including Abraham Maslow and Jerome Bruner, came up at piano pedagogy
conference. Maslow’s philosophy
of people striving to fulfill their potential incentives to continue
learning was presented in his book,
The Farther Reaches of Human
Nature (Viking Press), and was advocated in many piano pedagogy
programs. Equally important was
Bruner’s concept that “all powerful human skills involve the mastery of
a series of prerequisites” and that “a major function of pedagogy to
develop and provide the means that allow learners to use the
prerequisites successfully” (The
Relevance of Education, W.W. Norton).
Undoubtedly one of the most significant changes in
piano teaching in the last 40 years was the development of new pedagogy
programs to prepare undergraduate and graduate students who will teach
students, 98% of whom will not become piano majors.
In recent years college keyboard pedagogy courses have fostered
instruction at all levels, from preschool to the most advanced, using
materials that are neither too difficult nor too easy.
This in turn emphasized the value of class teaching as one aspect
of piano pedagogy courses.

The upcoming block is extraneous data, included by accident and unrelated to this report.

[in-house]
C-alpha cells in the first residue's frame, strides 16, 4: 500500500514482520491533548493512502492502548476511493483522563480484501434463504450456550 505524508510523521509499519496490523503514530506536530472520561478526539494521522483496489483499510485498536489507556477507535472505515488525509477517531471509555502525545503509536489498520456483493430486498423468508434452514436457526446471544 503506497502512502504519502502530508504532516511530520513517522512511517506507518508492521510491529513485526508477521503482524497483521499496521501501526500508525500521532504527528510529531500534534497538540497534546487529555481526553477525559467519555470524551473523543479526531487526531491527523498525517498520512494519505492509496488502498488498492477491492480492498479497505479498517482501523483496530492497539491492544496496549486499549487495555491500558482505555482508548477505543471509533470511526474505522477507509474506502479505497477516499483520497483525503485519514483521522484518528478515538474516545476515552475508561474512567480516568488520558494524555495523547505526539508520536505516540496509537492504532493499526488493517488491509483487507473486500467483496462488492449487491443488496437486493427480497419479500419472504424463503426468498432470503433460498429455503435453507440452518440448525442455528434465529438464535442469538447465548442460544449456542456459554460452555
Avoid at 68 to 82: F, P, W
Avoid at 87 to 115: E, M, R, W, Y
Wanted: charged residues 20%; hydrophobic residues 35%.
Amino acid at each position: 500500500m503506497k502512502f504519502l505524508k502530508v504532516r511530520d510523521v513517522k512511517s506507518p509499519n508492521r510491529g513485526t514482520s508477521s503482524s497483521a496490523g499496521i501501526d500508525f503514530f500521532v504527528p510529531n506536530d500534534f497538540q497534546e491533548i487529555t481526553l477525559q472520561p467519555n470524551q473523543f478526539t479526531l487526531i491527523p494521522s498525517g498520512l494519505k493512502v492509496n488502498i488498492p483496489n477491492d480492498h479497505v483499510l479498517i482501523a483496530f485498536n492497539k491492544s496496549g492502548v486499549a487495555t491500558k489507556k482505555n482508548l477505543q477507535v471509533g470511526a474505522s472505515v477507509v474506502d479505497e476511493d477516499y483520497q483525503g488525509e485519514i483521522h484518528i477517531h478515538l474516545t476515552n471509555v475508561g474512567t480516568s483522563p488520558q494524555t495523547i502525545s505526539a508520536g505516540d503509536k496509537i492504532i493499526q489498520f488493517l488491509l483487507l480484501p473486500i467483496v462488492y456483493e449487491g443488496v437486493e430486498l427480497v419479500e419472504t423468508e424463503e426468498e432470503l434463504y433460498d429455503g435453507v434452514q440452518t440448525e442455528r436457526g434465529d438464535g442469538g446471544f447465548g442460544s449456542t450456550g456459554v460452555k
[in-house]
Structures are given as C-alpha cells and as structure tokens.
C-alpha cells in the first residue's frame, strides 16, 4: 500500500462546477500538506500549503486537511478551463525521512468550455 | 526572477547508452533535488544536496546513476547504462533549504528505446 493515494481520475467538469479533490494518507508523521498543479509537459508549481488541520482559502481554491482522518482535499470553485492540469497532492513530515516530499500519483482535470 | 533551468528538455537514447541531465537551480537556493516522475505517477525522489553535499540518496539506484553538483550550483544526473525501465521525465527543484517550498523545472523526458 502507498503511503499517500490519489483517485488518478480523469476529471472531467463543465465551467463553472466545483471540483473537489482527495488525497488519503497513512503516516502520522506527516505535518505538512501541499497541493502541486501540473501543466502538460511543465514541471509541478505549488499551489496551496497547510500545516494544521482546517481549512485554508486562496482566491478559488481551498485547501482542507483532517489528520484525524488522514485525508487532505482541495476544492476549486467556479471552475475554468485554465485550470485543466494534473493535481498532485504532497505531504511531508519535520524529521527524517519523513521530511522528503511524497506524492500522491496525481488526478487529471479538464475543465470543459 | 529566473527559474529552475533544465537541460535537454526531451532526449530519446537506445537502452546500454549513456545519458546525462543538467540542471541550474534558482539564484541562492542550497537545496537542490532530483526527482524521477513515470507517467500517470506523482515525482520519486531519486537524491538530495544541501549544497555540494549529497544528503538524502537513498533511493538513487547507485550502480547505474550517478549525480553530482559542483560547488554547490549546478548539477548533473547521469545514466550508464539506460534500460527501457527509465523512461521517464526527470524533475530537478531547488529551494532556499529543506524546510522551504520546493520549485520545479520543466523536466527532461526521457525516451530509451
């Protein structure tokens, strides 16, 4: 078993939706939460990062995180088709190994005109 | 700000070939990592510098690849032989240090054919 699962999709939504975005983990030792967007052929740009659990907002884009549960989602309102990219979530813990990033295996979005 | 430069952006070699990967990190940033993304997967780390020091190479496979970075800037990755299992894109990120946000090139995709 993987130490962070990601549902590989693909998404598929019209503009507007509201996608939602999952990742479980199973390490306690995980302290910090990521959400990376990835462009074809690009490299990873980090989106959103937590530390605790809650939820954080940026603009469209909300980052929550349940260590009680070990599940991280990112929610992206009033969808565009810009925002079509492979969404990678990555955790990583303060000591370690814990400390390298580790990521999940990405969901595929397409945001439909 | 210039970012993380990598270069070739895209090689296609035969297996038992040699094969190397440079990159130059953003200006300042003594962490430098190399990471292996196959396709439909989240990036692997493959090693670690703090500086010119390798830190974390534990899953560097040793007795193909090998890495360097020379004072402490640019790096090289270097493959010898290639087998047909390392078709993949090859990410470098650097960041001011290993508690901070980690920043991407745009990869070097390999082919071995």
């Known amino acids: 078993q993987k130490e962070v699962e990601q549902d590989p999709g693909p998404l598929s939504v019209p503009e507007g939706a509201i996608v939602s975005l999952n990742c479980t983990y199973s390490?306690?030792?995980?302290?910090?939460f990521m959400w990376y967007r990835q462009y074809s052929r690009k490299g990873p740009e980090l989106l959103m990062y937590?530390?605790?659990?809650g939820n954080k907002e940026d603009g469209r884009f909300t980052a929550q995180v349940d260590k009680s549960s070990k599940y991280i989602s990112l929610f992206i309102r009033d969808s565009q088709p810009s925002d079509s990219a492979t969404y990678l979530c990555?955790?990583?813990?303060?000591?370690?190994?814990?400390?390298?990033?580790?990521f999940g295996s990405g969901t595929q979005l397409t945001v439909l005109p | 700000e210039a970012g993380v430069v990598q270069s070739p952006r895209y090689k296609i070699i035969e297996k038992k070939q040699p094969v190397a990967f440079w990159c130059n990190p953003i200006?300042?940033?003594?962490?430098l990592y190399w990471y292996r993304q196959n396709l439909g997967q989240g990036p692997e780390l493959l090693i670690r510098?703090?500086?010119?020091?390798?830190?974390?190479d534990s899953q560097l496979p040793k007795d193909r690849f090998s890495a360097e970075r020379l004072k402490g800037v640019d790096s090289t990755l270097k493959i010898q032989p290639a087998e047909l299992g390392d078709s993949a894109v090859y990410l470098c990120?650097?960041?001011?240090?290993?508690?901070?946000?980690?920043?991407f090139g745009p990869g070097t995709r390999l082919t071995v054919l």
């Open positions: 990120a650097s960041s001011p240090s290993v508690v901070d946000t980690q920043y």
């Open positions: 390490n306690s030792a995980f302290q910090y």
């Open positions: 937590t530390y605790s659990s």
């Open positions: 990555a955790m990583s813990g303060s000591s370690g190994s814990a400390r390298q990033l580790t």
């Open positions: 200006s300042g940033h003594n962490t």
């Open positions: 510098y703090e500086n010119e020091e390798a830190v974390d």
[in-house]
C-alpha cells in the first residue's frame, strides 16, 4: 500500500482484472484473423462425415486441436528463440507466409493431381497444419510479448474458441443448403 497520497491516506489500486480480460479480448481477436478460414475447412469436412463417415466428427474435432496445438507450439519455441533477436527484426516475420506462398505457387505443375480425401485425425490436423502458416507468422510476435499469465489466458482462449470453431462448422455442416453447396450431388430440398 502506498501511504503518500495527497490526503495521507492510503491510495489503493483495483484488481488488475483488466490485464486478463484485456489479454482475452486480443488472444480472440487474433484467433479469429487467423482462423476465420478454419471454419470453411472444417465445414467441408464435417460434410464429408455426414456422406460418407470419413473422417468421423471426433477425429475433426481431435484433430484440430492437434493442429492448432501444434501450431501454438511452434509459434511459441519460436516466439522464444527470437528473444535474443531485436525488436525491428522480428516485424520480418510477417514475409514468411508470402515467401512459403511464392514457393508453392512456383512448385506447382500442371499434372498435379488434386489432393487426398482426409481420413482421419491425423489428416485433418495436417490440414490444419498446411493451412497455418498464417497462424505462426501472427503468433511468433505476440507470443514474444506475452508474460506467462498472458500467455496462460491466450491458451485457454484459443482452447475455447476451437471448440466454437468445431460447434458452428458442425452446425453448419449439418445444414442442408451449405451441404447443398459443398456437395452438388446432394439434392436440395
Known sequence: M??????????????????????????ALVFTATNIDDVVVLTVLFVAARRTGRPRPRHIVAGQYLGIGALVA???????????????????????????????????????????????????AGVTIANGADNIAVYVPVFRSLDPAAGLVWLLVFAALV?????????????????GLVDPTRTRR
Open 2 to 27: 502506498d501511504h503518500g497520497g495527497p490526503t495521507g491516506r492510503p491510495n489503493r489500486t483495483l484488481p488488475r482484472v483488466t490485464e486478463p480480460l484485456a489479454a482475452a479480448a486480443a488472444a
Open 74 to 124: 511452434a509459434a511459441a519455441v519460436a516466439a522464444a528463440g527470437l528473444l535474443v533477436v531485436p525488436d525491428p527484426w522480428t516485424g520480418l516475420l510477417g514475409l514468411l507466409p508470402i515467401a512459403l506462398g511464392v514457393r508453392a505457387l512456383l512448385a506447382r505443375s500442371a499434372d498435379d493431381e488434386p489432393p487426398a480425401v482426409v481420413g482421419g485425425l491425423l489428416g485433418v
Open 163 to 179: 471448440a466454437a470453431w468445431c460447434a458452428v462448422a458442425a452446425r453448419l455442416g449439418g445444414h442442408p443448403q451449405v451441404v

As electronic technology has become part of music
education, from digital pianos to educational programs, the
possibilities for creative keyboard teachers have grown.
Depending on the hardware, instruction in a keyboard lab may
include in a single session, a one-on-one lesson, partner instruction ,
quartet playing, or the entire group.
Teachers now have new and interesting ways to help students with
sight reading, improvising, ear training, technique, and memorization.
In the article “Independent Piano Teachers:
Where do They Stand?” (Clavier,
January 1987), Marsha Wolfersberg assessed the progress of keyboard
instruction in private studios, schools, and colleges.
Her profile of studio teachers also raised questions about the
economic viability of piano teaching as a profession.
After many discussions with independent, private school, and
college teacher, I believe there are significant improvements in the
academic and musical preparation of piano teachers today plus
significant increases in teaching fees.
With the dramatic increase in community music schools the
professional standing of piano teachers has risen.
Research in recent years has probed the effect of music study on brain functions, and there appear to e some identifiable benefits from music study, but the results as yet are not definitive. Continued research on the effects of participating in music, especially for children, could move piano instruction from an after-school activity to the core of school teaching. With increased attention to the critical aspects of how humans learn, the value of music study may be higher than ever. With new developments in technology, this is a wonderful time to be part of keyboard pedagogy. I believe piano pedagogy has a very bright future.
"Let us come before Him with thanksgiving and extol Him with music and song." Psalms 95:2
"Shout for joy to the Lord, all the earth, burst into jubilant song with music." Psalms 98:4